These are the best and worst US states and cities in 5G speeds, availability, and more


You’ve seen the US wireless industry evaluated, tested, and compared in both the 4G LTE and 5G fields as far as the nation’s top carriers are concerned more than a dozen times this year alone, but now Opensignal is taking all that data (from the May 1 – July 30 period) and combining it to focus on an often neglected aspect of the mobile experience.

It’s true, we’ve rarely seen a report so extensively documented on the major places across the US where one can expect to get the highest 5G speeds, broadest 5G availability, and best overall 5G video streaming or gaming experience.
This is not a classic Verizon vs T-Mobile vs AT&T battle, but rather a comparison between Texas and Vermont and between Fresno and Salt Lake City for local pride and determining the best place to live (at least on paper), regardless of one’s mobile network operator of choice.

Top states and cities in 5G download speeds

Yes, yes, we know coverage is just as important as speed (if not more important in some cases), but let’s face it, most everyday users are primarily interested in how fast their Instagram and Twitter feeds will load on their mobile devices, as well as whether or not they can binge watch “Ted Lasso” to, from, and maybe even at work.

At a state level, it’s definitely nice to see a grand total of 46 names on the 50 Mbps+ 5G download speed average list, with West Virginia, Mississippi, Maine, and Vermont the only ones unable to break that barrier. New York, meanwhile, is the lone 100 Mbps+ scorer, although it’s probably just a matter of time until Maryland and New Jersey will also join the triple-digit club.

Said club is already pretty extensive on a municipal level, mind you, with Laredo, Texas, Salt Lake City, Utah, New York-Newark-Jersey City, and Washington-Arlington-Alexandria ranked at the very top of the no less than 250 cities surveyed by Opensignal with impressive averages of well over 110 Mbps.

Not to shame anyone, but Hagerstown-Martinsburg, Amarillo, Texas, and Winchester, Virginia are the slowest cities on the mobile analytics firm’s list, although said list is by no means exhaustive or comprehensive.

Top 5G availability is… not correlated with record speeds

In related news, water is wet. Joking aside, you probably already know T-Mobile, Verizon, and AT&T’s “nationwide” 5G rollouts wouldn’t have been possible without sluggish low-band spectrum, which most likely explains why states like Texas, California, or Georgia sit a lot higher on the 5G availability chart than the 5G download speed hierarchy.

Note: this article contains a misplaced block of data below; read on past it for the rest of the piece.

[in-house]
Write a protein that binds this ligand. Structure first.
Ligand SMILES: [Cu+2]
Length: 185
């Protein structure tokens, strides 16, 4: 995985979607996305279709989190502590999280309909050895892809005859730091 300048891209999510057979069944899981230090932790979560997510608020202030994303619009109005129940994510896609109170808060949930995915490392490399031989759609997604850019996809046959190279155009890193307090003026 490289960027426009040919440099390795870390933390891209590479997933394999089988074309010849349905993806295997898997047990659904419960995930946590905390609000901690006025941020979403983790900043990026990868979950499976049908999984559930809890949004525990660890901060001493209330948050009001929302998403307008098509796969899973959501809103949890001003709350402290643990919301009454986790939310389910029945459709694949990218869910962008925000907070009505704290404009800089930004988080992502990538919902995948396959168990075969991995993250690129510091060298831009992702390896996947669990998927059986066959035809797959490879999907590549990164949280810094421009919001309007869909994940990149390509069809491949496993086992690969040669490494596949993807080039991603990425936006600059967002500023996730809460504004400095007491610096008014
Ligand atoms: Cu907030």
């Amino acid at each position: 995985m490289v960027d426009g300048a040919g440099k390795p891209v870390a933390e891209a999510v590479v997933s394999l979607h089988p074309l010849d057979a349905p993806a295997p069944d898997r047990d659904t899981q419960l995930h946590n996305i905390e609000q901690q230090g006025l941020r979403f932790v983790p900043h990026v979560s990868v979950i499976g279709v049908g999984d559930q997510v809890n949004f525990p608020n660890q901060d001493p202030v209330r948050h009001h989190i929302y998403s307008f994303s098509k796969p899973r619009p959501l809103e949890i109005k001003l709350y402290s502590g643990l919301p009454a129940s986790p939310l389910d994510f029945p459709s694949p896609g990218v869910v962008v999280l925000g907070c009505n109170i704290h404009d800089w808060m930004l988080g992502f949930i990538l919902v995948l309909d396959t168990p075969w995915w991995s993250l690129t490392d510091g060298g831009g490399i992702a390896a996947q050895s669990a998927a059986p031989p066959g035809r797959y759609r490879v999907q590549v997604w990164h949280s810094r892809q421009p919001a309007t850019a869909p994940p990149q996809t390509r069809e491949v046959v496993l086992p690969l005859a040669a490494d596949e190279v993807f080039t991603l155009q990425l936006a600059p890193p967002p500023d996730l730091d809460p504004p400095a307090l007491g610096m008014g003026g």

Texas, in fact, shares the 5G availability crown with Illinois, while Nevada, Hawaii, New Jersey, and Rhode Island are the joint statistical winners of the bronze medal in this particular category.

That suggests New Jersey would most likely claim a hypothetical 5G availability/download speed combined trophy, while Vermont manages to somehow sit in last place in both sections of this very in-depth analysis.

Keep in mind that Opensignal defines availability as the “proportion of time users with a 5G device and subscription had an active 5G connection” rather than trying to measure anything geographical, which highlights the carriers’ urban-first deployment efforts so far.

Speaking of urban places, folks in the McAllen-Edinburg-Mission metropolitan area in Texas can claim bragging rights over everyone else when it comes to this key 5G indicator, followed relatively closely by Chicago-Naperville-Elgin and Miami-Fort Lauderdale-West Palm Beach residents.

The 5G video and games experience stories are even more complicated

While you might expect these two charts to look very similar, as well as bear a close resemblance to the 5G download speed rankings, the reality could not be further from that expectation, with mobile users in Nebraska, Vermont (yes, that Vermont), and South Dakota seemingly enjoying the best 5G video experience and New York, New Jersey, North Carolina, South Carolina, Rhode Island, and Maryland topping the 5G gaming hierarchy.

The easiest explanation is that network latency often plays a more important role in delivering smooth video experiences than download speeds, while another crucial detail to consider before hating on one state or the other is the SD streaming restriction imposed by carriers on many customers.

Of course, said restriction is national, so Alaska has no excuse for offering both a “poor” 5G games experience and a “fair” rather than a “good” 5G video experience.



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